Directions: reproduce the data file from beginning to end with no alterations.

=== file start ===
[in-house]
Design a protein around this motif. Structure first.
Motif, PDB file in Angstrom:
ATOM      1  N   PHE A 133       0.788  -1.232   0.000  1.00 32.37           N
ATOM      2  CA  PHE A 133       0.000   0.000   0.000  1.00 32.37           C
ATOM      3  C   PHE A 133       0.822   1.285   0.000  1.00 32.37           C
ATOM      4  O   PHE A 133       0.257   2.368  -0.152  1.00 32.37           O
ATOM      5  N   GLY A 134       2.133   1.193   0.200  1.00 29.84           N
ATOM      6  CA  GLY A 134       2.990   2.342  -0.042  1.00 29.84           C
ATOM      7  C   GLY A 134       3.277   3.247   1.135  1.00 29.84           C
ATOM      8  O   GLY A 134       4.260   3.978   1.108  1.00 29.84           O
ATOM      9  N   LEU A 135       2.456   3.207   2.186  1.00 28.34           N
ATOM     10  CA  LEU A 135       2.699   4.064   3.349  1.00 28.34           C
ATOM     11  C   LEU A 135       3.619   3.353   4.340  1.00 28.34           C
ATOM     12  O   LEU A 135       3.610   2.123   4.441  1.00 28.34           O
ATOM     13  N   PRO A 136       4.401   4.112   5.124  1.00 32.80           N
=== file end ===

[in-house]
Design a protein around this motif. Structure first.
Motif, PDB file in Angstrom:
ATOM      1  N   PHE A 133       0.788  -1.232   0.000  1.00 32.37           N
ATOM      2  CA  PHE A 133       0.000   0.000   0.000  1.00 32.37           C
ATOM      3  C   PHE A 133       0.822   1.285   0.000  1.00 32.37           C
ATOM      4  O   PHE A 133       0.257   2.368  -0.152  1.00 32.37           O
ATOM      5  N   GLY A 134       2.133   1.193   0.200  1.00 29.84           N
ATOM      6  CA  GLY A 134       2.990   2.342  -0.042  1.00 29.84           C
ATOM      7  C   GLY A 134       3.277   3.247   1.135  1.00 29.84           C
ATOM      8  O   GLY A 134       4.260   3.978   1.108  1.00 29.84           O
ATOM      9  N   LEU A 135       2.456   3.207   2.186  1.00 28.34           N
ATOM     10  CA  LEU A 135       2.699   4.064   3.349  1.00 28.34           C
ATOM     11  C   LEU A 135       3.619   3.353   4.340  1.00 28.34           C
ATOM     12  O   LEU A 135       3.610   2.123   4.441  1.00 28.34           O
ATOM     13  N   PRO A 136       4.401   4.112   5.124  1.00 32.80           N